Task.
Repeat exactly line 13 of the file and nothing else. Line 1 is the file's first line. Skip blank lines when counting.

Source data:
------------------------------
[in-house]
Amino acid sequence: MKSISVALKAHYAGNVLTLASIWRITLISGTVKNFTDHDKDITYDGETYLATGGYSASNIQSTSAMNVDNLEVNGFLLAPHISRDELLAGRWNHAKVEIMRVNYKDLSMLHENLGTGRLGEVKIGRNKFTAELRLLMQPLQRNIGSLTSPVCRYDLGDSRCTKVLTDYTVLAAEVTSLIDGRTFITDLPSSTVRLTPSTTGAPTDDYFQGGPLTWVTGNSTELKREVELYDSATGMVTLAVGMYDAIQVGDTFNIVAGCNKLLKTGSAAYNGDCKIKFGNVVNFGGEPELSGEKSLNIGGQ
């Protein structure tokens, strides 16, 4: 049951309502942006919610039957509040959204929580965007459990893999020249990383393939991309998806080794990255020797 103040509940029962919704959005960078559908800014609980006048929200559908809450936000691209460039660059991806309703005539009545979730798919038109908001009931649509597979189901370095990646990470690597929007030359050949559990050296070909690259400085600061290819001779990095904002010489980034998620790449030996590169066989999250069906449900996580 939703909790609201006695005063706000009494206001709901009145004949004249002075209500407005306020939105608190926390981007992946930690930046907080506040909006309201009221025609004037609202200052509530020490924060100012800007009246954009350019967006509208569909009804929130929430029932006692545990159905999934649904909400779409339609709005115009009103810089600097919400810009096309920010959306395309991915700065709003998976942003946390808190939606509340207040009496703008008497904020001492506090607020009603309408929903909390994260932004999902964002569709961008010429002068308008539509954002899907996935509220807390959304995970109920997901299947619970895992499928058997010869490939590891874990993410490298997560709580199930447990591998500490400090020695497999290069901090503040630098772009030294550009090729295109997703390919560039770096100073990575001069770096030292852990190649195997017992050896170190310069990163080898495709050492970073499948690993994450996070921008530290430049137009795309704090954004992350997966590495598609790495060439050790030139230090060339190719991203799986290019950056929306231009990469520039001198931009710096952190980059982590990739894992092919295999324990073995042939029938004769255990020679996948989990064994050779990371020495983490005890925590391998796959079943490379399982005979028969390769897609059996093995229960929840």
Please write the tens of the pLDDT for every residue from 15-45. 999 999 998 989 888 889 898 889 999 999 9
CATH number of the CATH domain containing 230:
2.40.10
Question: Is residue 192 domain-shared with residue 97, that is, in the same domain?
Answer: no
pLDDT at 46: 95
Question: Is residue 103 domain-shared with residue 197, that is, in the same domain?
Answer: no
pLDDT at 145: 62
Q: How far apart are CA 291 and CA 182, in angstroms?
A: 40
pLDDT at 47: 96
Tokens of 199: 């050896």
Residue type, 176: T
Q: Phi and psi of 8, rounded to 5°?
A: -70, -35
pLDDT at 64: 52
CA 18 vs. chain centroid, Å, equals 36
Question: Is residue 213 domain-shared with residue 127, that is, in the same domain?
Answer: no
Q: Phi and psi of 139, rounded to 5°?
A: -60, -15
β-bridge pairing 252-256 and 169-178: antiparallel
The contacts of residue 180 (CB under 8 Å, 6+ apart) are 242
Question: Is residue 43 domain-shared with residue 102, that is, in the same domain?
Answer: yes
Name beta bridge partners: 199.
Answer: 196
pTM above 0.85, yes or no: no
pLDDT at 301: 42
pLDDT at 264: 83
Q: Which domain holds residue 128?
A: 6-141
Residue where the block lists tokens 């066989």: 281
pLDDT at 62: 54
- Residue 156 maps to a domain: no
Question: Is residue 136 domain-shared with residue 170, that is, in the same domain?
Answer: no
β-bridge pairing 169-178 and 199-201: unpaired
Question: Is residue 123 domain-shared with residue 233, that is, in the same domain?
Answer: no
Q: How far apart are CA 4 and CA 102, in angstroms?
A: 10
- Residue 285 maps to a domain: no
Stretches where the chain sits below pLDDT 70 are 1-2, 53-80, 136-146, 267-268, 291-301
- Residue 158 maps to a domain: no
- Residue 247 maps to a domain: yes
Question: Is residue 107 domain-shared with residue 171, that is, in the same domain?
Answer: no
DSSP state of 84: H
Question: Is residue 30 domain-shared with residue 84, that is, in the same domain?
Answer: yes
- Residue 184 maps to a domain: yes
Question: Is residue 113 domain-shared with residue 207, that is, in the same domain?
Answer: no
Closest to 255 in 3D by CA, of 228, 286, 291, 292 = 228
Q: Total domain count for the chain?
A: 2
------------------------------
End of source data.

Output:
Q: How far apart are CA 291 and CA 182, in angstroms?